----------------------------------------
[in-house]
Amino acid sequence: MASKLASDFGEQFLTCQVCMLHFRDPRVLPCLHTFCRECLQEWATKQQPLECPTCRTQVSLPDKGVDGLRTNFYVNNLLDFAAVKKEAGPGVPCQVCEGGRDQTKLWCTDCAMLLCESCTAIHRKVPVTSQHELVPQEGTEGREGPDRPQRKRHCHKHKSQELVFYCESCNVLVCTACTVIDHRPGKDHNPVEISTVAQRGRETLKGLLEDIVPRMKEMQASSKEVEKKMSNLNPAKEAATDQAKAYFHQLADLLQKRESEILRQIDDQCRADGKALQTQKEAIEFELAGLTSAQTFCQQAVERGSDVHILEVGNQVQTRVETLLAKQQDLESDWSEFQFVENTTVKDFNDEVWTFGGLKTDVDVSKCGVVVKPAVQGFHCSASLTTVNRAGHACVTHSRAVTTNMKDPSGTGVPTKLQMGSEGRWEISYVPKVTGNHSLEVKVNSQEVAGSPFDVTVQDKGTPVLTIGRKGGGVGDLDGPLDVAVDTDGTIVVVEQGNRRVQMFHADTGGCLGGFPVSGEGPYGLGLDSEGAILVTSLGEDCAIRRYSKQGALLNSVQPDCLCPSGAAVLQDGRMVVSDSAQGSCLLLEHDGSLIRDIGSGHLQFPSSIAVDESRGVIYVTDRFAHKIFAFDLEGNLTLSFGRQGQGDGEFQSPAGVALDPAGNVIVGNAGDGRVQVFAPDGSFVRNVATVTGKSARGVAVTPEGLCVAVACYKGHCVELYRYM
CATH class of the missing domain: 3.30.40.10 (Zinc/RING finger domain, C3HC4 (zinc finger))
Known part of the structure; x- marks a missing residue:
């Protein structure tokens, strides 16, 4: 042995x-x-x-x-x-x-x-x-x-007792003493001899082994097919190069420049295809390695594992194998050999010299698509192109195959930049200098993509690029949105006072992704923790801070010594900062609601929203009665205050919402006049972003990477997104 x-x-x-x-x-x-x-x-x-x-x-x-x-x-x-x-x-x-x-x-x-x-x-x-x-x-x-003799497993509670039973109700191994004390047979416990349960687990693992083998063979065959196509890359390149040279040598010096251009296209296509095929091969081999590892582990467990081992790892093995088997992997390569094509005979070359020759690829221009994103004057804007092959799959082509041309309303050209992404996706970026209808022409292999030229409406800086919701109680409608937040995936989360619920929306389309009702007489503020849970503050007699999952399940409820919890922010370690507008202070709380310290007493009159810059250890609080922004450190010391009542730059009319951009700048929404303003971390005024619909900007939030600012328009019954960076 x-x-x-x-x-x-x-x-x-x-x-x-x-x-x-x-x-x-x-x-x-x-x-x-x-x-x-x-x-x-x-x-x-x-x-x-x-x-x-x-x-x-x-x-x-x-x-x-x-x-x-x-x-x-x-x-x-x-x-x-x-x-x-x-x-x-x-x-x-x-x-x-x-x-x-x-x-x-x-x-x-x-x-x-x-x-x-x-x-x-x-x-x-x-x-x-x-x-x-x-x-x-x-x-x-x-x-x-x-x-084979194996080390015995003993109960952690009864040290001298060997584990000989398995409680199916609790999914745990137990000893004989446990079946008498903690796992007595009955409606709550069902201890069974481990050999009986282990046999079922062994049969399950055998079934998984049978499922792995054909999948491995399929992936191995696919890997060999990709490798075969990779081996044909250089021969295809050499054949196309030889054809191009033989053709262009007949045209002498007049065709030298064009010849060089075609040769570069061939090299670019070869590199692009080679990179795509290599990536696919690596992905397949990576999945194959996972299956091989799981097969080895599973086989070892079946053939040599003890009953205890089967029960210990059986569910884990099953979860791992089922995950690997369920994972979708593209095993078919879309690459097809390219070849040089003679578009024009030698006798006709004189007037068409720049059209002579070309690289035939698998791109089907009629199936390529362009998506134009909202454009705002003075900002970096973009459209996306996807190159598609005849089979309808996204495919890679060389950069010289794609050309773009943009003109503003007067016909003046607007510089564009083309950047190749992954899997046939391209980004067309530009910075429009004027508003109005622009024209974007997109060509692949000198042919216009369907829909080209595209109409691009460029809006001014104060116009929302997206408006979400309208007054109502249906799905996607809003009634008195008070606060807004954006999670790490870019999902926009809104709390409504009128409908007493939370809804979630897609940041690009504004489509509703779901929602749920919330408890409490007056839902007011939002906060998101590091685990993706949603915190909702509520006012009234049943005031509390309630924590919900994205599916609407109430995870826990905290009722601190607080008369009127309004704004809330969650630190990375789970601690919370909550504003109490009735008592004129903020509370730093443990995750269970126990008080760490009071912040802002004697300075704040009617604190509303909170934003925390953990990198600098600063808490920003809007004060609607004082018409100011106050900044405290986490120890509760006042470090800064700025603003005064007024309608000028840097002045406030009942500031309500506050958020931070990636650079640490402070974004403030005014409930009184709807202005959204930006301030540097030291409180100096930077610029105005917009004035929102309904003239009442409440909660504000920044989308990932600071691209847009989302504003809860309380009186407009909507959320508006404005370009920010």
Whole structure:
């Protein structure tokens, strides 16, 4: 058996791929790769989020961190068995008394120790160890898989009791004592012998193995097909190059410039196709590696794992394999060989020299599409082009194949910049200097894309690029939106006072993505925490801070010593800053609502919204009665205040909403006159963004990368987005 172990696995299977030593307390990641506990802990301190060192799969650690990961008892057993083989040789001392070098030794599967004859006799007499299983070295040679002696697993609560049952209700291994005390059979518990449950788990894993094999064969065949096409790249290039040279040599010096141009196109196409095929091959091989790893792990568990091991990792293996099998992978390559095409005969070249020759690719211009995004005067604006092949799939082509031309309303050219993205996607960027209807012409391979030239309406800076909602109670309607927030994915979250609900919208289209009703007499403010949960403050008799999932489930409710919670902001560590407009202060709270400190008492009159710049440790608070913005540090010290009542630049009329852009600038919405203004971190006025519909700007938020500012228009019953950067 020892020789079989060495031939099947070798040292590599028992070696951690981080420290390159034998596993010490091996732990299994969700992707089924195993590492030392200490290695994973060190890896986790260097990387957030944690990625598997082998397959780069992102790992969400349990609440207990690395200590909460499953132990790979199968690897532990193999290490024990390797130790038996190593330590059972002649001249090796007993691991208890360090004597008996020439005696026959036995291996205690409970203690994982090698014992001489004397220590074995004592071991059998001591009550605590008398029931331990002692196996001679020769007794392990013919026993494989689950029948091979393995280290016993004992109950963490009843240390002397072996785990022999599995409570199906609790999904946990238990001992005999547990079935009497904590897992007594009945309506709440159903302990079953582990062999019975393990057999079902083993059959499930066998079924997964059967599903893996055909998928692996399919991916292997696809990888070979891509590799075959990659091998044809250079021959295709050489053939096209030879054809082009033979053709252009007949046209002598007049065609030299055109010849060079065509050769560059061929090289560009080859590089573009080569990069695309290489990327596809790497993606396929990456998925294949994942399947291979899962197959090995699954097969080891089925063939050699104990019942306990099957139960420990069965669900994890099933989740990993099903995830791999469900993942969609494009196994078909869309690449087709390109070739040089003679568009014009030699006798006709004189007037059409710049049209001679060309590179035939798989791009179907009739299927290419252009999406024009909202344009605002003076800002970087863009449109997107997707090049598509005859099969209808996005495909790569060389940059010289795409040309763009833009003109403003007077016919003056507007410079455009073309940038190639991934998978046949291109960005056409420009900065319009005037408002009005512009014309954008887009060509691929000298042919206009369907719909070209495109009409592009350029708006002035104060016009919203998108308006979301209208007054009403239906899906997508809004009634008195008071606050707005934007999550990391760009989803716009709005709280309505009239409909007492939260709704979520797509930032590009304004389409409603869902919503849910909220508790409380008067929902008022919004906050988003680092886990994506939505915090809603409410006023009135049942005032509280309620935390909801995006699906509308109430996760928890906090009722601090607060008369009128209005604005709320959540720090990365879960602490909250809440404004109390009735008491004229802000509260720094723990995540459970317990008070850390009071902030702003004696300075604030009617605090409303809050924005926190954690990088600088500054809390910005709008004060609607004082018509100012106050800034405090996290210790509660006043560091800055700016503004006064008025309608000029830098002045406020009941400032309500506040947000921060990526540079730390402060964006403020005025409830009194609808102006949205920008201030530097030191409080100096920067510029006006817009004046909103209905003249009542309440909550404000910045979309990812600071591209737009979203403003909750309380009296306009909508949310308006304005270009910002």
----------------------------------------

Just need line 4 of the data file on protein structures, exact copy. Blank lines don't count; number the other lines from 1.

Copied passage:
Known part of the structure; x- marks a missing residue: